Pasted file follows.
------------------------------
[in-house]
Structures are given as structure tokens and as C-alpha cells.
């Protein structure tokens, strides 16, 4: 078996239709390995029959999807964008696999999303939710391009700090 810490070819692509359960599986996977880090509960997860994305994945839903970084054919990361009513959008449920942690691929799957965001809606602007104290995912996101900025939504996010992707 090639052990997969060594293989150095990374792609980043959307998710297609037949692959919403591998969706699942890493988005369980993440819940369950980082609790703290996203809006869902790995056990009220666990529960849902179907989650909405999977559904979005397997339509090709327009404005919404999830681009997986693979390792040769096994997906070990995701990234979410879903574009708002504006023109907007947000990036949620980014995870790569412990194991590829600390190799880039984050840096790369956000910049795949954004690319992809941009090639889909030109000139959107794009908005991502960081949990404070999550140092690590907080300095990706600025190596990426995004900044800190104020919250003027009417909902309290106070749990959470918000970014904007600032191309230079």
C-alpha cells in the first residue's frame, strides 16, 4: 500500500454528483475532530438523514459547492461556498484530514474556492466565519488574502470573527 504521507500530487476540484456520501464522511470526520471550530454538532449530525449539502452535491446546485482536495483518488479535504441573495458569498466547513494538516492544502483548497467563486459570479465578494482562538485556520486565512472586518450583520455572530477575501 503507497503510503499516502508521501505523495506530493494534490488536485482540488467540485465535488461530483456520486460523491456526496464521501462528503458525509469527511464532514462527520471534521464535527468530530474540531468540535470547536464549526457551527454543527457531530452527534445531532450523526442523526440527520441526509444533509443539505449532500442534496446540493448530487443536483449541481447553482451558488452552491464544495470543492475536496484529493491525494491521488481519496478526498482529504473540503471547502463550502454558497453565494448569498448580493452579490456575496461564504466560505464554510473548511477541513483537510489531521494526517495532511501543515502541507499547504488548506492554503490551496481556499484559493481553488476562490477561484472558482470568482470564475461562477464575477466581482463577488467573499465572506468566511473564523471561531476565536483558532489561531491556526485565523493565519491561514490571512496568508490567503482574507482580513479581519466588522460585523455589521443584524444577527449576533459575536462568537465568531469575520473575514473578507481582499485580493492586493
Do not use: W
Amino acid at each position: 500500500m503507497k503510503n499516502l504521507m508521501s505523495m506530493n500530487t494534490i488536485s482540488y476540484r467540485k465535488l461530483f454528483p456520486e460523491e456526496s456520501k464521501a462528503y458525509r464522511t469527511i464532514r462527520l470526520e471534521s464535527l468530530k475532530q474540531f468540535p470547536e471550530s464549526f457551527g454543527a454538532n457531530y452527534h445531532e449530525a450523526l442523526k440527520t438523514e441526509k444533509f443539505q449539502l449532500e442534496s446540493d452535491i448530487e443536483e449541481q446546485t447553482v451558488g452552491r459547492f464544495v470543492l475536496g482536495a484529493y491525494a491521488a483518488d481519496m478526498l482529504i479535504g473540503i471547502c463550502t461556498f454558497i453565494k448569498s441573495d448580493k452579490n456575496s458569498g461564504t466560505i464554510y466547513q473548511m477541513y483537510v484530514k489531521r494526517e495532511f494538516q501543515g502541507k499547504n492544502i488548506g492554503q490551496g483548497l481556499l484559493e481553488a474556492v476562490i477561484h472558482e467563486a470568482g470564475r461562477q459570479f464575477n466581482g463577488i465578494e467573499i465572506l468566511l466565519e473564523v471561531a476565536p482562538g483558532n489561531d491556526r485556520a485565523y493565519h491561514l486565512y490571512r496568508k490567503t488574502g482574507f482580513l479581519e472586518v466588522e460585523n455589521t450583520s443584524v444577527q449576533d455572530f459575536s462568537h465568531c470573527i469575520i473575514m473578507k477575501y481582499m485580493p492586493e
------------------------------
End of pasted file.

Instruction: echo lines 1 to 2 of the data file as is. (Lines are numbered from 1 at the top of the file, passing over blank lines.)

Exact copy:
[in-house]
Structures are given as structure tokens and as C-alpha cells.